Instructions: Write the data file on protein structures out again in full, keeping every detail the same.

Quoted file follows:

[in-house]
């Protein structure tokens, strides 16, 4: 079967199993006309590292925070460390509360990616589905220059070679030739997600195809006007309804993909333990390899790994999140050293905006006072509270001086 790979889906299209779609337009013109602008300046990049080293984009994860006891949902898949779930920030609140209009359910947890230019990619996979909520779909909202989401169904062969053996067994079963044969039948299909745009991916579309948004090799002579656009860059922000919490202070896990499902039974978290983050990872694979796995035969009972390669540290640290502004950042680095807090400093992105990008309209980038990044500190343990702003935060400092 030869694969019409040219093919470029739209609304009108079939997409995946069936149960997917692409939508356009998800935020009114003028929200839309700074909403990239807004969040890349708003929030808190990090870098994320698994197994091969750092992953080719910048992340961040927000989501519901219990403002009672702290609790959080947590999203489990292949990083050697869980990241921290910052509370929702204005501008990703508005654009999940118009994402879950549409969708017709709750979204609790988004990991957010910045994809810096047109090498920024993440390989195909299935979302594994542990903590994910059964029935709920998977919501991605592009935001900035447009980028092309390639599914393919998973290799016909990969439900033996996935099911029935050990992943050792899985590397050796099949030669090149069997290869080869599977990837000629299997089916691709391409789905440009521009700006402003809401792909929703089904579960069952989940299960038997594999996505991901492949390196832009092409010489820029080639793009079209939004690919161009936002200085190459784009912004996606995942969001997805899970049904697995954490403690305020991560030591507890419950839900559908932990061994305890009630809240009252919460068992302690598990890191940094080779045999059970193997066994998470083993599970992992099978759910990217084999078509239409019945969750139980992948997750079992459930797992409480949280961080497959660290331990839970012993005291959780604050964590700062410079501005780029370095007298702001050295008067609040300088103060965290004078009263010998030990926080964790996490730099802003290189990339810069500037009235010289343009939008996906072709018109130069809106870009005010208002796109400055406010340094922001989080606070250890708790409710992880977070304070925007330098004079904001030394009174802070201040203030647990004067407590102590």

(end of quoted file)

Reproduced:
[in-house]
């Protein structure tokens, strides 16, 4: 079967199993006309590292925070460390509360990616589905220059070679030739997600195809006007309804993909333990390899790994999140050293905006006072509270001086 790979889906299209779609337009013109602008300046990049080293984009994860006891949902898949779930920030609140209009359910947890230019990619996979909520779909909202989401169904062969053996067994079963044969039948299909745009991916579309948004090799002579656009860059922000919490202070896990499902039974978290983050990872694979796995035969009972390669540290640290502004950042680095807090400093992105990008309209980038990044500190343990702003935060400092 030869694969019409040219093919470029739209609304009108079939997409995946069936149960997917692409939508356009998800935020009114003028929200839309700074909403990239807004969040890349708003929030808190990090870098994320698994197994091969750092992953080719910048992340961040927000989501519901219990403002009672702290609790959080947590999203489990292949990083050697869980990241921290910052509370929702204005501008990703508005654009999940118009994402879950549409969708017709709750979204609790988004990991957010910045994809810096047109090498920024993440390989195909299935979302594994542990903590994910059964029935709920998977919501991605592009935001900035447009980028092309390639599914393919998973290799016909990969439900033996996935099911029935050990992943050792899985590397050796099949030669090149069997290869080869599977990837000629299997089916691709391409789905440009521009700006402003809401792909929703089904579960069952989940299960038997594999996505991901492949390196832009092409010489820029080639793009079209939004690919161009936002200085190459784009912004996606995942969001997805899970049904697995954490403690305020991560030591507890419950839900559908932990061994305890009630809240009252919460068992302690598990890191940094080779045999059970193997066994998470083993599970992992099978759910990217084999078509239409019945969750139980992948997750079992459930797992409480949280961080497959660290331990839970012993005291959780604050964590700062410079501005780029370095007298702001050295008067609040300088103060965290004078009263010998030990926080964790996490730099802003290189990339810069500037009235010289343009939008996906072709018109130069809106870009005010208002796109400055406010340094922001989080606070250890708790409710992880977070304070925007330098004079904001030394009174802070201040203030647990004067407590102590």